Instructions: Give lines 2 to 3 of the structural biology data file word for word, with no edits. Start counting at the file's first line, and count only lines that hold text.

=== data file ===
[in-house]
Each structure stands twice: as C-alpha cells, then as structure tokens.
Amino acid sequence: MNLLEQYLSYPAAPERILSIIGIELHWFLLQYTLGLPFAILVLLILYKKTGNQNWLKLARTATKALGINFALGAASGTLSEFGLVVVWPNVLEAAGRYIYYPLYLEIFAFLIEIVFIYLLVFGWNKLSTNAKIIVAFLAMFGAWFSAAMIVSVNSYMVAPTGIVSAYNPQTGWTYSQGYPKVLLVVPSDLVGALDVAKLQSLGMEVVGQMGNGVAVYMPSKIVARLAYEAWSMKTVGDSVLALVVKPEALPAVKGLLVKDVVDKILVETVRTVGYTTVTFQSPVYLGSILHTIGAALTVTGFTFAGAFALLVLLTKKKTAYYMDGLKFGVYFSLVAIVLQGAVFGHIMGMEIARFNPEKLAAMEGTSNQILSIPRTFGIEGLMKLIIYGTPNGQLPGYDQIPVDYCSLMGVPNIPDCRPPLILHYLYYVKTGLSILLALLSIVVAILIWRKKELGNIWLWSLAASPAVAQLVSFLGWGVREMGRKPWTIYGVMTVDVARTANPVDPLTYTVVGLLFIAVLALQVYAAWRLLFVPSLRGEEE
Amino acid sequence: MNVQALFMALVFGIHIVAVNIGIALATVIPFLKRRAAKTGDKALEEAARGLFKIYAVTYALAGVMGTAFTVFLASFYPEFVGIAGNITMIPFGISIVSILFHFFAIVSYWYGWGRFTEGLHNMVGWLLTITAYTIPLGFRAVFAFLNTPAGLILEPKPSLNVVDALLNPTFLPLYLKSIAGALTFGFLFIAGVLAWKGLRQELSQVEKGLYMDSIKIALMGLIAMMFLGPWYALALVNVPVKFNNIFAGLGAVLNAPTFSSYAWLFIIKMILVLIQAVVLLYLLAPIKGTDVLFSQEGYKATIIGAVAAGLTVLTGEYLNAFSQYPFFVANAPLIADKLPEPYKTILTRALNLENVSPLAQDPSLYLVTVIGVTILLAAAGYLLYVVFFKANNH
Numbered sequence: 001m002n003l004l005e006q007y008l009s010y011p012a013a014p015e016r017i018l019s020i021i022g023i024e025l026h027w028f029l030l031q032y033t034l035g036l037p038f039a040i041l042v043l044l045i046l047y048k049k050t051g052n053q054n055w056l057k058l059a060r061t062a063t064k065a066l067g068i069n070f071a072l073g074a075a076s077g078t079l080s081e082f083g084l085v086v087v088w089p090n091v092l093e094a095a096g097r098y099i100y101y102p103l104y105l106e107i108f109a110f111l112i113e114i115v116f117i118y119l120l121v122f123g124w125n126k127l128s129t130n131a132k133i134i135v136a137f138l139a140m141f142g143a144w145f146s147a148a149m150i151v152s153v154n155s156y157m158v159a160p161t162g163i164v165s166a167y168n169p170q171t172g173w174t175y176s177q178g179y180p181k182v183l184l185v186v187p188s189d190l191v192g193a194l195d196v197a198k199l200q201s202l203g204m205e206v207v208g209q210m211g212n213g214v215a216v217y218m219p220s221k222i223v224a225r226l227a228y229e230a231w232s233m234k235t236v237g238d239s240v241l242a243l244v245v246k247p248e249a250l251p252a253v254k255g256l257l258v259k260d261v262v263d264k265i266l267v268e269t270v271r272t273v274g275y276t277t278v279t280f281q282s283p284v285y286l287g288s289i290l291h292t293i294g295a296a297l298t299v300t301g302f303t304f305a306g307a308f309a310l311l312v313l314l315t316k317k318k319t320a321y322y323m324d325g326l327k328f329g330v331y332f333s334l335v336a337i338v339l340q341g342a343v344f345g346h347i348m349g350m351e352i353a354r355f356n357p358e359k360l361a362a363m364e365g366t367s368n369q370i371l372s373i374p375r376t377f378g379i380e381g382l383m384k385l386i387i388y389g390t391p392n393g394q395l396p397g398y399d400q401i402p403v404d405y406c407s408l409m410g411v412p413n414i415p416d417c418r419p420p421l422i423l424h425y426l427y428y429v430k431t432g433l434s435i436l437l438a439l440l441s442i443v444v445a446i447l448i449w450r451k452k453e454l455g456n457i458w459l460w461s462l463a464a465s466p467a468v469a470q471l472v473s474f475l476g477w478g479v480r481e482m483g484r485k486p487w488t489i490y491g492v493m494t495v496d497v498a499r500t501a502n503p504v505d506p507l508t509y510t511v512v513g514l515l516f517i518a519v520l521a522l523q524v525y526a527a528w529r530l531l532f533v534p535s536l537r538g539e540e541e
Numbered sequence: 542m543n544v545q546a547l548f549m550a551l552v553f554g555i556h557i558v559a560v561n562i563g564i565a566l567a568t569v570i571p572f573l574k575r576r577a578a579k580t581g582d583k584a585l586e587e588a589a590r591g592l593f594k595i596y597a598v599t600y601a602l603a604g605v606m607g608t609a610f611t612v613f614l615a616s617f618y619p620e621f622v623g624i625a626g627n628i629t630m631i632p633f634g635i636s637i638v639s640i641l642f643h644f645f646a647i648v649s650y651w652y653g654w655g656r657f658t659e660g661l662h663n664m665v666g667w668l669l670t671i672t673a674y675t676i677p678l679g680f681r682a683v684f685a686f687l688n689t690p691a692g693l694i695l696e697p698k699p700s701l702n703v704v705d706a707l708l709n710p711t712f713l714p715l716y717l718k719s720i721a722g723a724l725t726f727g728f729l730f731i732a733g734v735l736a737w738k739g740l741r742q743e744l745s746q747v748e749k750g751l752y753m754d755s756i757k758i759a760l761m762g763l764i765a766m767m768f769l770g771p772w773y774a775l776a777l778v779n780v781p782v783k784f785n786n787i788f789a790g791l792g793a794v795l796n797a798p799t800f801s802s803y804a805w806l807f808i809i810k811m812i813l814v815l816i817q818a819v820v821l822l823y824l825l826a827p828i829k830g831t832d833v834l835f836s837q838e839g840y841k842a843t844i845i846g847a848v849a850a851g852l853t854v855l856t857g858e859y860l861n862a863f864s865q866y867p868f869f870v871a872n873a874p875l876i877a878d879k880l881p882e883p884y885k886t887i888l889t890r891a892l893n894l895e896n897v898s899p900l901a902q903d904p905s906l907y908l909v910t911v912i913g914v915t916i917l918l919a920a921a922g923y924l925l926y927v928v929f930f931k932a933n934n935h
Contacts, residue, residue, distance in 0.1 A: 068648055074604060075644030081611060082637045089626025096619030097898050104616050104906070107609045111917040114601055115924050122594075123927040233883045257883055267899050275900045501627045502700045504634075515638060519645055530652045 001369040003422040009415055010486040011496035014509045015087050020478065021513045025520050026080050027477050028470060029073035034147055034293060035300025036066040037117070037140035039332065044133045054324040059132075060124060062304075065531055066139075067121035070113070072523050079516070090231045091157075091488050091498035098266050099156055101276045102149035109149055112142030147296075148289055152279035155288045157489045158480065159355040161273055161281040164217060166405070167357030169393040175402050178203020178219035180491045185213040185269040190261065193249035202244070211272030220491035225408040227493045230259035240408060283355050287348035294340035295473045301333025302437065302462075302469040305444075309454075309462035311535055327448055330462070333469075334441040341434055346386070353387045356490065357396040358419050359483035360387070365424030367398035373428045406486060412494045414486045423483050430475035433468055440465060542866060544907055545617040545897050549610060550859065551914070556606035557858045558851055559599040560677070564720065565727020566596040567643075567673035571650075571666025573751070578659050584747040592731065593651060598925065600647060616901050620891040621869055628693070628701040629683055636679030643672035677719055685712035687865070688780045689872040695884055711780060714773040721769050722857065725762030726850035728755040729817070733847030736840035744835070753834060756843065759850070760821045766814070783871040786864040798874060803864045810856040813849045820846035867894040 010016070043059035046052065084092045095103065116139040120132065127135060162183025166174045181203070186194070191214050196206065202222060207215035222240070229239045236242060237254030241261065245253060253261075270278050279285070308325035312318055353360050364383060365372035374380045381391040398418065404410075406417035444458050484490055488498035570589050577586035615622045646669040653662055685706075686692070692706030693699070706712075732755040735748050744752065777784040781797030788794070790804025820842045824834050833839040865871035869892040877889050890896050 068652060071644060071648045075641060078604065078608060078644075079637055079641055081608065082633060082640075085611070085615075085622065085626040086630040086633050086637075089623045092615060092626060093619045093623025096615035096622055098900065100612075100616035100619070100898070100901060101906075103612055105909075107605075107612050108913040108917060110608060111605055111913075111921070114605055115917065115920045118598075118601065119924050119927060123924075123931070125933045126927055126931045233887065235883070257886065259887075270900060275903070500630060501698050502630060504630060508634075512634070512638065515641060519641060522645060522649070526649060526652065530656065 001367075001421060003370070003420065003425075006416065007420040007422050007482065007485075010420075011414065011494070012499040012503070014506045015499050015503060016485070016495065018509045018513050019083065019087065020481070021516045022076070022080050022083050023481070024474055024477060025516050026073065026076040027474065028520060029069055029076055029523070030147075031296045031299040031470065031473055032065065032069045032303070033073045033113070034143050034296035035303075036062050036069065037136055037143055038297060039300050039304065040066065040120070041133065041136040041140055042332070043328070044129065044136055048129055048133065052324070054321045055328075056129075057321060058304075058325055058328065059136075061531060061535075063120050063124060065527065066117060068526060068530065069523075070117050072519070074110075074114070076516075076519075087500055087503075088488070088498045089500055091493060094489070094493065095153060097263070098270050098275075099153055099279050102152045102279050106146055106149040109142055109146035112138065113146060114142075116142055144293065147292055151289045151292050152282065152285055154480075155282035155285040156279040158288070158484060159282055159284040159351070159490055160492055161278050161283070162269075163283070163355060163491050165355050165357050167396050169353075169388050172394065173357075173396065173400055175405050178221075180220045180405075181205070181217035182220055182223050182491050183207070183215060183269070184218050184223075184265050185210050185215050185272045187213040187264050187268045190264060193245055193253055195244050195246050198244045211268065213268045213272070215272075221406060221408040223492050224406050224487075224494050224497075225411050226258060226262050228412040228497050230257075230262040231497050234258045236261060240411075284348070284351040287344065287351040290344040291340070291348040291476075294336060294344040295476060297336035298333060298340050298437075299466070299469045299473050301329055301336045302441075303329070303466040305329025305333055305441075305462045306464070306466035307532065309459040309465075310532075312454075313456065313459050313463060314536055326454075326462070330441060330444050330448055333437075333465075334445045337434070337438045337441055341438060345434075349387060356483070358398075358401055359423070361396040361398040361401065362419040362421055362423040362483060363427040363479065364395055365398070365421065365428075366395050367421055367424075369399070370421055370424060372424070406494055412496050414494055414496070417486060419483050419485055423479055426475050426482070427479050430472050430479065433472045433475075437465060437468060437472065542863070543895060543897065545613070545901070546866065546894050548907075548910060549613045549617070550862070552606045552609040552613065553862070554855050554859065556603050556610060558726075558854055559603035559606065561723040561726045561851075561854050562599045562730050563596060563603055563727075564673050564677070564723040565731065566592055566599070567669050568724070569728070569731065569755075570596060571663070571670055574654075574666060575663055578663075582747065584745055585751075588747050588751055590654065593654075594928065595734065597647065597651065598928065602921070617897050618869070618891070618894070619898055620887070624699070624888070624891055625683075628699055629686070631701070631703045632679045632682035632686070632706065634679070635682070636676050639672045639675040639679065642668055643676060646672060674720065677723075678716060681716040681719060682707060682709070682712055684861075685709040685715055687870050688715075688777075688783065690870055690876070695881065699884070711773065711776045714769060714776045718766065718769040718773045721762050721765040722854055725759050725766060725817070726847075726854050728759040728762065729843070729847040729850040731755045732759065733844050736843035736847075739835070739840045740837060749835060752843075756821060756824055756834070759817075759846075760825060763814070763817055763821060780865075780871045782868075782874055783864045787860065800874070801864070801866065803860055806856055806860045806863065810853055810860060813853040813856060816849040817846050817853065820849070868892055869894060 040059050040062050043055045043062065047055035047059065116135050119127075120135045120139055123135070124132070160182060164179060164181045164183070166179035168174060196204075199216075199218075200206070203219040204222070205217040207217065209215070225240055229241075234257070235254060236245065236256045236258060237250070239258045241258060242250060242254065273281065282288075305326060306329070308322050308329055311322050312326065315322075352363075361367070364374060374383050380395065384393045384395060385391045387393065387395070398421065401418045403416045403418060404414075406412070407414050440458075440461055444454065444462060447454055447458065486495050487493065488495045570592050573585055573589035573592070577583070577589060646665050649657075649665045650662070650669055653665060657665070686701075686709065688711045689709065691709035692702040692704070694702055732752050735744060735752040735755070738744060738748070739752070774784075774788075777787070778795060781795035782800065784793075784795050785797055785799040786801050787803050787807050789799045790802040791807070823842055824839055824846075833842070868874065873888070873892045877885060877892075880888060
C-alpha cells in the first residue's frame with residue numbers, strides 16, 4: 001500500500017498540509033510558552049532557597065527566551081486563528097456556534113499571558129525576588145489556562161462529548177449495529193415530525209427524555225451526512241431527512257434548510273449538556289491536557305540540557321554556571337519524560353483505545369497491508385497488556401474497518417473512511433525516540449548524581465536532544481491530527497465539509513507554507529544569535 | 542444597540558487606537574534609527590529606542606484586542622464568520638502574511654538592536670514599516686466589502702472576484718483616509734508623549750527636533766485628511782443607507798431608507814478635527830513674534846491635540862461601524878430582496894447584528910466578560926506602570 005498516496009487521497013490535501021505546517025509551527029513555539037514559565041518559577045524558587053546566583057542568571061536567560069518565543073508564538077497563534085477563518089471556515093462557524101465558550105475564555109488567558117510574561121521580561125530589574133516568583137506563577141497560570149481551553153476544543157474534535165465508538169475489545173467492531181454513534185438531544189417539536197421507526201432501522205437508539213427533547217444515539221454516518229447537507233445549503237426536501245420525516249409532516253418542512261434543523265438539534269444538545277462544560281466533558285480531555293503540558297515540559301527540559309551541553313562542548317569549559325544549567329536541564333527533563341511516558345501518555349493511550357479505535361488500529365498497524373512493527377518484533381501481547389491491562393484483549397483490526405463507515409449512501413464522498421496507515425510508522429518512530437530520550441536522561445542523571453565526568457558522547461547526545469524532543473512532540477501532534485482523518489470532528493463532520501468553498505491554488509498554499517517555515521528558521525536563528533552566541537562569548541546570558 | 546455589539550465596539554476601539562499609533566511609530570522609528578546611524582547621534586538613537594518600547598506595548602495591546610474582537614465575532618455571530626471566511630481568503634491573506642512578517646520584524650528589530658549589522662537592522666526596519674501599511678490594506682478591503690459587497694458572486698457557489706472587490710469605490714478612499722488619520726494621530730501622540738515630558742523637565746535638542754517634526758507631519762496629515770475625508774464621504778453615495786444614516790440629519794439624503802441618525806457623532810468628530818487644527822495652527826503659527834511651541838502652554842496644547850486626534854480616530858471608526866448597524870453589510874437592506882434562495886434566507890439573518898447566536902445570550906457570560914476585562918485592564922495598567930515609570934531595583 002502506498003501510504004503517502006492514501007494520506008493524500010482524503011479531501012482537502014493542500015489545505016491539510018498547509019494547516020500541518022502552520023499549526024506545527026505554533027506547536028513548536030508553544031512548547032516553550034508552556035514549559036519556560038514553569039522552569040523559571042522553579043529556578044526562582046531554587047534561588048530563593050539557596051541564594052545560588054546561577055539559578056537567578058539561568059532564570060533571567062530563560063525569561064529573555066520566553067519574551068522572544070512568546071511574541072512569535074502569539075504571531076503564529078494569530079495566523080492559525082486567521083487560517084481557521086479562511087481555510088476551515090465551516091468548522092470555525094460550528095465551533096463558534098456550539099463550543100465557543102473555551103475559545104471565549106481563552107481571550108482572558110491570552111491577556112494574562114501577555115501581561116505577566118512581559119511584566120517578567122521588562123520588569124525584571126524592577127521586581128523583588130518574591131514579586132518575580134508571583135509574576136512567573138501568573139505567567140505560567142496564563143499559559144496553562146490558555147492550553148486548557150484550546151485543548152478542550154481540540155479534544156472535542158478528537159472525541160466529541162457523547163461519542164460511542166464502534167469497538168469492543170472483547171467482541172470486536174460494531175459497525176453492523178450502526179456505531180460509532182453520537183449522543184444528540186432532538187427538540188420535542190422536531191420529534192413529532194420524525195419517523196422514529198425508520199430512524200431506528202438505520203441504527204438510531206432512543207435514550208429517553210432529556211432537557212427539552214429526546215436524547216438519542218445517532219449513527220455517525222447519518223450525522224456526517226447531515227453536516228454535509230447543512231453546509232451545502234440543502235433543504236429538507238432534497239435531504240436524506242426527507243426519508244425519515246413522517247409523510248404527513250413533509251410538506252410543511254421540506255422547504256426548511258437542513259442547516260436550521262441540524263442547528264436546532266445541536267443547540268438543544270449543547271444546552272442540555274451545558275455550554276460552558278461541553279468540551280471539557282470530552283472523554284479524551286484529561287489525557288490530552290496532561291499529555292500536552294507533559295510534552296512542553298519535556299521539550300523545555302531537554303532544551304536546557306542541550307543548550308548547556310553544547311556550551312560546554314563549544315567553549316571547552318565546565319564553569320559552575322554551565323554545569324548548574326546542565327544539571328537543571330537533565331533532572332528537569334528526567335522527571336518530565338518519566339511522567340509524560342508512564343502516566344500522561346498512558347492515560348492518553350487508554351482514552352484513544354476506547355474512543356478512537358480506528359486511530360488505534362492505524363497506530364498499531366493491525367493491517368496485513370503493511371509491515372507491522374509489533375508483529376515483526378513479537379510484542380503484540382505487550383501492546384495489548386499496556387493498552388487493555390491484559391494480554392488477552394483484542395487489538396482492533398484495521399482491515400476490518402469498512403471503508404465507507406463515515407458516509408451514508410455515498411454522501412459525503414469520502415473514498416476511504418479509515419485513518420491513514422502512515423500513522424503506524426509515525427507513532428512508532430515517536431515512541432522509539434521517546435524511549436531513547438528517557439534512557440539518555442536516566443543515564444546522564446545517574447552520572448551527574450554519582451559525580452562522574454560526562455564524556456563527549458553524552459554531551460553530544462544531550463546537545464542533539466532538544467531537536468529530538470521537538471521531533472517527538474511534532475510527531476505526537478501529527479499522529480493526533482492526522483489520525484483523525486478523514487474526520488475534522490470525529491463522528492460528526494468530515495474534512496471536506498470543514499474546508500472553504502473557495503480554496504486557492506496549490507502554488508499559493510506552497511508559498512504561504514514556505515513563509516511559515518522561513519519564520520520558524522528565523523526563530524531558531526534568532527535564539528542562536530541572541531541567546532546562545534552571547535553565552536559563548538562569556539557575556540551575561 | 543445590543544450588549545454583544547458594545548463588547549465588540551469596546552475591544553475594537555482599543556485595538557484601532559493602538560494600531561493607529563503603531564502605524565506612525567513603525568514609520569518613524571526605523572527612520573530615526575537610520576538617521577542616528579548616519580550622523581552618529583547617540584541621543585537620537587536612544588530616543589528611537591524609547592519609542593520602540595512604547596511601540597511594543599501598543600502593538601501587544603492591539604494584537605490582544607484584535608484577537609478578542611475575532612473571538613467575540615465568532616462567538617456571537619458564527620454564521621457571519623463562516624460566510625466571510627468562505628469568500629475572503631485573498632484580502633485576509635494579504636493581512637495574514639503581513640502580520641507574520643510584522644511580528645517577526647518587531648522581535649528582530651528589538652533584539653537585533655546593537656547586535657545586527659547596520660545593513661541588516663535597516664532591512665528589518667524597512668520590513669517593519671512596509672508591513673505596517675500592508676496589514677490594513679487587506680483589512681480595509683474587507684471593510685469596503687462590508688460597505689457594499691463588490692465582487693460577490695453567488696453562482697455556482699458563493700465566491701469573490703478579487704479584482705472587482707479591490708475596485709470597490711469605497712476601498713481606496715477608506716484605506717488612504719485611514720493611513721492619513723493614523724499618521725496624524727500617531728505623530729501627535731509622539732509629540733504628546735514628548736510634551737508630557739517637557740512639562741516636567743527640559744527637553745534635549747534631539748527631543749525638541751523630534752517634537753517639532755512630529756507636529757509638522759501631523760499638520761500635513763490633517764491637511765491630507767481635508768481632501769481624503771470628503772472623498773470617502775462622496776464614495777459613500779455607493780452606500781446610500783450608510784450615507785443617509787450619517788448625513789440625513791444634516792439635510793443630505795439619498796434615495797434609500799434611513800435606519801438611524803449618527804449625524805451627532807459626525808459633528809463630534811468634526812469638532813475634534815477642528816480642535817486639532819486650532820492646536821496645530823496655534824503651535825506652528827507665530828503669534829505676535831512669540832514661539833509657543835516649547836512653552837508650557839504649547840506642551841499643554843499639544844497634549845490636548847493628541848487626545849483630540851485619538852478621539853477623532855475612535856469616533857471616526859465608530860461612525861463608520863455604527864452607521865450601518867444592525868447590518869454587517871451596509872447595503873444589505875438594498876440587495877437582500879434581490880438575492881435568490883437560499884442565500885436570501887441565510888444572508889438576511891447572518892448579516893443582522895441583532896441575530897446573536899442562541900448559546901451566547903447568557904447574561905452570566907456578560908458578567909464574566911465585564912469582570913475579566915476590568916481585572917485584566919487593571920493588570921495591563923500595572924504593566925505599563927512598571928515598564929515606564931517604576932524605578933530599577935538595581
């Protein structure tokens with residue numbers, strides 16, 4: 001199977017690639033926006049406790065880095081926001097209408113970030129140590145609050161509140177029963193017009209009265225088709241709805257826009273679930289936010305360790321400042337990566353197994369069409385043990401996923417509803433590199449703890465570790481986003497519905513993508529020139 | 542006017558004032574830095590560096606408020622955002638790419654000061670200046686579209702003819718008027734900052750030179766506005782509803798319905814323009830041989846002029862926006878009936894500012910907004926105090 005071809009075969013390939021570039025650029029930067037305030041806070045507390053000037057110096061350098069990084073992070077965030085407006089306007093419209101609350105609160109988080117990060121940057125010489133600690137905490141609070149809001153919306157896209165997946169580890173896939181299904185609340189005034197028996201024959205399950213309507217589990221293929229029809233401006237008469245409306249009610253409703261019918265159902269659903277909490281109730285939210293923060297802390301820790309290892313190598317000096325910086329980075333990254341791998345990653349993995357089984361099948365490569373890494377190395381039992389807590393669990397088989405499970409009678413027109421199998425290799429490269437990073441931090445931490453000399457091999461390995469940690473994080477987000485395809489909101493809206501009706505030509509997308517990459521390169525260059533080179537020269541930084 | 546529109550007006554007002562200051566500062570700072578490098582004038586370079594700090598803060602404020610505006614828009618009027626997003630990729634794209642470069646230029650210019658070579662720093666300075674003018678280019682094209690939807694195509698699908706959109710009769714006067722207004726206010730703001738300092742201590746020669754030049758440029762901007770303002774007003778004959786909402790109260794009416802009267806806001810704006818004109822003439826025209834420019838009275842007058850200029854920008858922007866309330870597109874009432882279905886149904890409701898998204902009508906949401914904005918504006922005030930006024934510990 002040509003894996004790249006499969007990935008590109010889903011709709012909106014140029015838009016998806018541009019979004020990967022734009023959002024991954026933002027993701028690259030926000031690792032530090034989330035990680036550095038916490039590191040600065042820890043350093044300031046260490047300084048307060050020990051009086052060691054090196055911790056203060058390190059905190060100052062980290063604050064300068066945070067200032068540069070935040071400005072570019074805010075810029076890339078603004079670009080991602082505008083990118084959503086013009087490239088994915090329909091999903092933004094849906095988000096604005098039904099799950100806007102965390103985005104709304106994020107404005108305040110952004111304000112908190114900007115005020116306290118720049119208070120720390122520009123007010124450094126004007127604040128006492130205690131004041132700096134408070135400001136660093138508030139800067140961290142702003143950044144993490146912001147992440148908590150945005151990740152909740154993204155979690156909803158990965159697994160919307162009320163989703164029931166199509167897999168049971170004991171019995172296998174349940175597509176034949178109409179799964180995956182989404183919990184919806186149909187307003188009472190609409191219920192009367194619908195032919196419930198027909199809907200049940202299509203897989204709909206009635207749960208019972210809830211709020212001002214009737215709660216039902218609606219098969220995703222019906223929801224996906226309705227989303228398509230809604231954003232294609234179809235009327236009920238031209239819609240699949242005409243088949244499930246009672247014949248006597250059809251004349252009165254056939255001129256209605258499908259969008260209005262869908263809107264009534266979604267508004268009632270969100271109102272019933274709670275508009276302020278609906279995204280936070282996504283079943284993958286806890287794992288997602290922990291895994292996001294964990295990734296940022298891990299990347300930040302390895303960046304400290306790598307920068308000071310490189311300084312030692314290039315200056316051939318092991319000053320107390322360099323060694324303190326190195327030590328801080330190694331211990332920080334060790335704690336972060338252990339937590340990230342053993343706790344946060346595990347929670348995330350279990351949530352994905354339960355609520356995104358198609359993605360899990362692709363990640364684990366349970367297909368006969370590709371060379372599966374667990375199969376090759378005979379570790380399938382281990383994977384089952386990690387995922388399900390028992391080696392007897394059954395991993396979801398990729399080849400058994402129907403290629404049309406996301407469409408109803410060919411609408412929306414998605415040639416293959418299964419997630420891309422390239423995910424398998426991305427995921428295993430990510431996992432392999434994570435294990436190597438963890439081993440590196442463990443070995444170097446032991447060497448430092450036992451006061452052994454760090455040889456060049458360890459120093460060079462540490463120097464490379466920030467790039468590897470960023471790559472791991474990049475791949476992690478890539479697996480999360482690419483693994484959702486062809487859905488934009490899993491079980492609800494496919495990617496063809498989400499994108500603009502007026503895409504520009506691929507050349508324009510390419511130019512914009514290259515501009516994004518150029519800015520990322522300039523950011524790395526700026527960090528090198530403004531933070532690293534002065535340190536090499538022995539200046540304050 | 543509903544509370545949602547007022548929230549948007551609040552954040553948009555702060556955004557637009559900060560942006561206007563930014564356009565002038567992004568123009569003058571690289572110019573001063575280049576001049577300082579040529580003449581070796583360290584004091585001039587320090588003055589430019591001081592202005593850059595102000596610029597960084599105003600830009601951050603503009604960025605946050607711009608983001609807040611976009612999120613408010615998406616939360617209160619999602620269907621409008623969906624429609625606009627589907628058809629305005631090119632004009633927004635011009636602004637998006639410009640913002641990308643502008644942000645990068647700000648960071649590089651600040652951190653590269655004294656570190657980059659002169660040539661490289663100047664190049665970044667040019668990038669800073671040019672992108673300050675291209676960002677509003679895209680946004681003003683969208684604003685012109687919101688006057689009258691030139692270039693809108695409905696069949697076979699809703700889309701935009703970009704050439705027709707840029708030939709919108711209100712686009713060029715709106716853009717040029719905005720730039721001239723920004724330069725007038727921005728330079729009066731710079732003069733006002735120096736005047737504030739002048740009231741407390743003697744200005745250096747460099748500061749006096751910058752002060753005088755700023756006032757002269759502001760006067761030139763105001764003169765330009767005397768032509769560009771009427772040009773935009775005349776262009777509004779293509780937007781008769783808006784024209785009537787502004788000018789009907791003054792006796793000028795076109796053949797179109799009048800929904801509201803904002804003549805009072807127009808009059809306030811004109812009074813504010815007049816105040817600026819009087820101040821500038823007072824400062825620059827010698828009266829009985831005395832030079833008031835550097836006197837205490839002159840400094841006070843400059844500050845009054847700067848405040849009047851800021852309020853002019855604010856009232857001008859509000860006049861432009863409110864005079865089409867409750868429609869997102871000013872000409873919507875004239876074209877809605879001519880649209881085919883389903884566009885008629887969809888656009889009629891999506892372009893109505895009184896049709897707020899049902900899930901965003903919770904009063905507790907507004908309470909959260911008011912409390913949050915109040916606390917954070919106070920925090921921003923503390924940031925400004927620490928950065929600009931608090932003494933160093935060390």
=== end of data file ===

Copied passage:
Each structure stands twice: as C-alpha cells, then as structure tokens.
Amino acid sequence: MNLLEQYLSYPAAPERILSIIGIELHWFLLQYTLGLPFAILVLLILYKKTGNQNWLKLARTATKALGINFALGAASGTLSEFGLVVVWPNVLEAAGRYIYYPLYLEIFAFLIEIVFIYLLVFGWNKLSTNAKIIVAFLAMFGAWFSAAMIVSVNSYMVAPTGIVSAYNPQTGWTYSQGYPKVLLVVPSDLVGALDVAKLQSLGMEVVGQMGNGVAVYMPSKIVARLAYEAWSMKTVGDSVLALVVKPEALPAVKGLLVKDVVDKILVETVRTVGYTTVTFQSPVYLGSILHTIGAALTVTGFTFAGAFALLVLLTKKKTAYYMDGLKFGVYFSLVAIVLQGAVFGHIMGMEIARFNPEKLAAMEGTSNQILSIPRTFGIEGLMKLIIYGTPNGQLPGYDQIPVDYCSLMGVPNIPDCRPPLILHYLYYVKTGLSILLALLSIVVAILIWRKKELGNIWLWSLAASPAVAQLVSFLGWGVREMGRKPWTIYGVMTVDVARTANPVDPLTYTVVGLLFIAVLALQVYAAWRLLFVPSLRGEEE